Most criminologists and sociologists would agree that crime and lawlessness are invariably linked to economic instability and poverty, so it is no surprise that with the island in the midst of economic turmoil, there has been a rise in crime. However, the solution to the economic problems in Barbados cannot rely solely on superficial economic bandages. They require a fundamental reorganisation of society where economic power is not concentrated in the hands of a few. There needs to be an acceptance that Barbados has to have an open and frank discussion of race. Politicians have to have the courage to implement change. I have little faith in politicians so undoubtedly it will require citizens holding them accountable and forcing them to govern in the interest of the majority of the population. It will require turning away from the traditional two-party system that has allowed the two political parties to protect the status quo. Race and economics in Barbados are intertwined and even conservative Bajans have a threshold. The violence and rage being demonstrated by young men in the committing of crime may well explode into something more. It is not something I wish will transpire and I pray that I am proven wrong. However, I cannot underline enough how ten years ago only the most astute would have predicted that Barbados would be in the dire situation it is now in.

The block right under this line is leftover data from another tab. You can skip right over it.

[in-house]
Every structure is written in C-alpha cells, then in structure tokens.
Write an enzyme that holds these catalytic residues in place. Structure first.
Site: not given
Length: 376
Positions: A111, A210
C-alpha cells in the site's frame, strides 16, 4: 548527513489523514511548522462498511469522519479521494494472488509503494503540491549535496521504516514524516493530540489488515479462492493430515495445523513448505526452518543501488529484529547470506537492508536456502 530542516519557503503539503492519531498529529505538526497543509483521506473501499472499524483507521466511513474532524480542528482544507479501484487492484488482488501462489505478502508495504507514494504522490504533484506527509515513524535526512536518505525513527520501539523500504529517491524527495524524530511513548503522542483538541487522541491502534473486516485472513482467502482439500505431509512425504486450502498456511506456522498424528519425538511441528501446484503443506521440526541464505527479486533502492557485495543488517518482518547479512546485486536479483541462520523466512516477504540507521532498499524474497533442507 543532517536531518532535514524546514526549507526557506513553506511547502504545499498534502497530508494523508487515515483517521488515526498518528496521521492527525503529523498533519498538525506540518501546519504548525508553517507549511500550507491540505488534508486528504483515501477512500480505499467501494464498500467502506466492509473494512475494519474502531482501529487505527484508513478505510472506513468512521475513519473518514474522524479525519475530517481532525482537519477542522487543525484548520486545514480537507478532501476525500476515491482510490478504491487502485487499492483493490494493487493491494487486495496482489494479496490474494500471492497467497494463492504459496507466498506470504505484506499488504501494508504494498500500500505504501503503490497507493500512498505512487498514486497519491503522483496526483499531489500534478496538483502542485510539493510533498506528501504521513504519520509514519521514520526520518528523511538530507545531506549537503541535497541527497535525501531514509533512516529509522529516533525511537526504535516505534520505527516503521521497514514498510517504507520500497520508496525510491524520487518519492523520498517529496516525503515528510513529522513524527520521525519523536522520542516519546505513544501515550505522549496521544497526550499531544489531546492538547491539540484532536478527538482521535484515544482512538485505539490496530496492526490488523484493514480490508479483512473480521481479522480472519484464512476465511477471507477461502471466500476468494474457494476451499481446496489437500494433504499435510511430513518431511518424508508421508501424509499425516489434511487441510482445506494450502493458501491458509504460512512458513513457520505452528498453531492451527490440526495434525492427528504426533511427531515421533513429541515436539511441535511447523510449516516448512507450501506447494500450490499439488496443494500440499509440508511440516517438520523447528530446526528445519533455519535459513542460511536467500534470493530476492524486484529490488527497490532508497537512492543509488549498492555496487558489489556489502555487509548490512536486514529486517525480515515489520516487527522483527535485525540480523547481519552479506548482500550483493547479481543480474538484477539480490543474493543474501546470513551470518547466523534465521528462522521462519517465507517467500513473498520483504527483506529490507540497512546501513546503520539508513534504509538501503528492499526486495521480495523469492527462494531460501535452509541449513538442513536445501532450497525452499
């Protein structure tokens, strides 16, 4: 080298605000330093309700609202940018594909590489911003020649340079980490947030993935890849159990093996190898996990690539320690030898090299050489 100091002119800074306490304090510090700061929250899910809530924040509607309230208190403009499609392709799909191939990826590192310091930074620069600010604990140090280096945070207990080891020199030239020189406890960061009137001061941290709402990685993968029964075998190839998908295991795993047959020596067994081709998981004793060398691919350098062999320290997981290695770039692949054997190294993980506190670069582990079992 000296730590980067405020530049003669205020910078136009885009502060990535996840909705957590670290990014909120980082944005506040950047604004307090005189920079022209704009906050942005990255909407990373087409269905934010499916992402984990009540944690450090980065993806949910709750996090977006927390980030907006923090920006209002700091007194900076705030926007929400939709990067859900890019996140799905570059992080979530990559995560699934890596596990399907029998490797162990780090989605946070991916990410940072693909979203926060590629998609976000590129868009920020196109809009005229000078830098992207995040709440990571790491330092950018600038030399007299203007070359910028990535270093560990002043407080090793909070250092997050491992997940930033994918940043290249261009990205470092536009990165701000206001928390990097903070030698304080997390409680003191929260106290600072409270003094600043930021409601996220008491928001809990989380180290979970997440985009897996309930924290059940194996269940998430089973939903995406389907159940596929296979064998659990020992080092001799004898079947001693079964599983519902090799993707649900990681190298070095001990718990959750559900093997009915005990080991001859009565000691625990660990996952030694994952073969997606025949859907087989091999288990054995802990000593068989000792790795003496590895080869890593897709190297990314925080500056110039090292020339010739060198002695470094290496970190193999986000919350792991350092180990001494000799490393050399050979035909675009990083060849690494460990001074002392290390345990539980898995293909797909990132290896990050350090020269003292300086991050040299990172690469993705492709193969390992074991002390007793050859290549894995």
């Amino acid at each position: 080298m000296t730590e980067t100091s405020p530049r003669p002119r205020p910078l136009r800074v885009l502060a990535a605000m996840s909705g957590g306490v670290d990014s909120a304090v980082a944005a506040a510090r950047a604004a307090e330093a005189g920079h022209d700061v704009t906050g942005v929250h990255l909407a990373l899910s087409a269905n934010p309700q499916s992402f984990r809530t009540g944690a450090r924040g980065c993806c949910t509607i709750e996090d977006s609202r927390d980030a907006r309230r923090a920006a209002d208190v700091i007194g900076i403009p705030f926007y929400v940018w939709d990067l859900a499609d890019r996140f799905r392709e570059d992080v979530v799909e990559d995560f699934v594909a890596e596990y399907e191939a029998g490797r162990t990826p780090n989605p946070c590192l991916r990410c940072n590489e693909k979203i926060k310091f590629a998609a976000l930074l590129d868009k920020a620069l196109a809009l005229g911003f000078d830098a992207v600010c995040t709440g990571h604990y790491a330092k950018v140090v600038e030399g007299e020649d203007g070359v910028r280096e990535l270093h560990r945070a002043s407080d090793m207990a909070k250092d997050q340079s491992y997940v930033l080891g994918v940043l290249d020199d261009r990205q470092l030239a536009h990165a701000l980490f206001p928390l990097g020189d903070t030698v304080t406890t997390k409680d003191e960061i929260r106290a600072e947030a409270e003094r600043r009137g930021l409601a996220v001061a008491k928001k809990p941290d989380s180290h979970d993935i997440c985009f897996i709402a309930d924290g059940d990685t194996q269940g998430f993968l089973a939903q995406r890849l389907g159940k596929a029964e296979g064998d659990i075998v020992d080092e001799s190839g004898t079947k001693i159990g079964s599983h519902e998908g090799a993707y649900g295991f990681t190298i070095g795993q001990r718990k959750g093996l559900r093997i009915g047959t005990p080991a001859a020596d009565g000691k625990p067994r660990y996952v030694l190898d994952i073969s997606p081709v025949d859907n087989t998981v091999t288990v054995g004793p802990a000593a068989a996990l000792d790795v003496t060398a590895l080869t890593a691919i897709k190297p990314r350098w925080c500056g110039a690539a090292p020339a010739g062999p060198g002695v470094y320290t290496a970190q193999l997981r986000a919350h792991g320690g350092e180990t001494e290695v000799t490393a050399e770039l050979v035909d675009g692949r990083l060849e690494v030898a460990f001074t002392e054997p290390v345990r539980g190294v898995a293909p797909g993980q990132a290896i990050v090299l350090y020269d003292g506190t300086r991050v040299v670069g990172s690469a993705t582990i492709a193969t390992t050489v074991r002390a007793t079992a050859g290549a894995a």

African Heritage Foundation
Please remember that the African Heritage Foundation invites you to take part in its “Emancipation Day Challenge”. This article was first published by Extra News Feed and written by Mohammed Iqbal Degia on the 17th August 2017. It is the 7th in a 10 part series on Emancipation being initiated by the African Heritage Foundation. From the 1st July a national Emancipation Day Challenge will be issued by the African Heritage Foundation. Persons wishing to take the challenge will have 30 questions to answer. All answers to questions will be found in the 10 articles on Emancipation published on this website. Draws to determine winners of the challenge will take place on the 31st July, the eve of Emancipation Day at the African Heritage Foundation’s headquarters.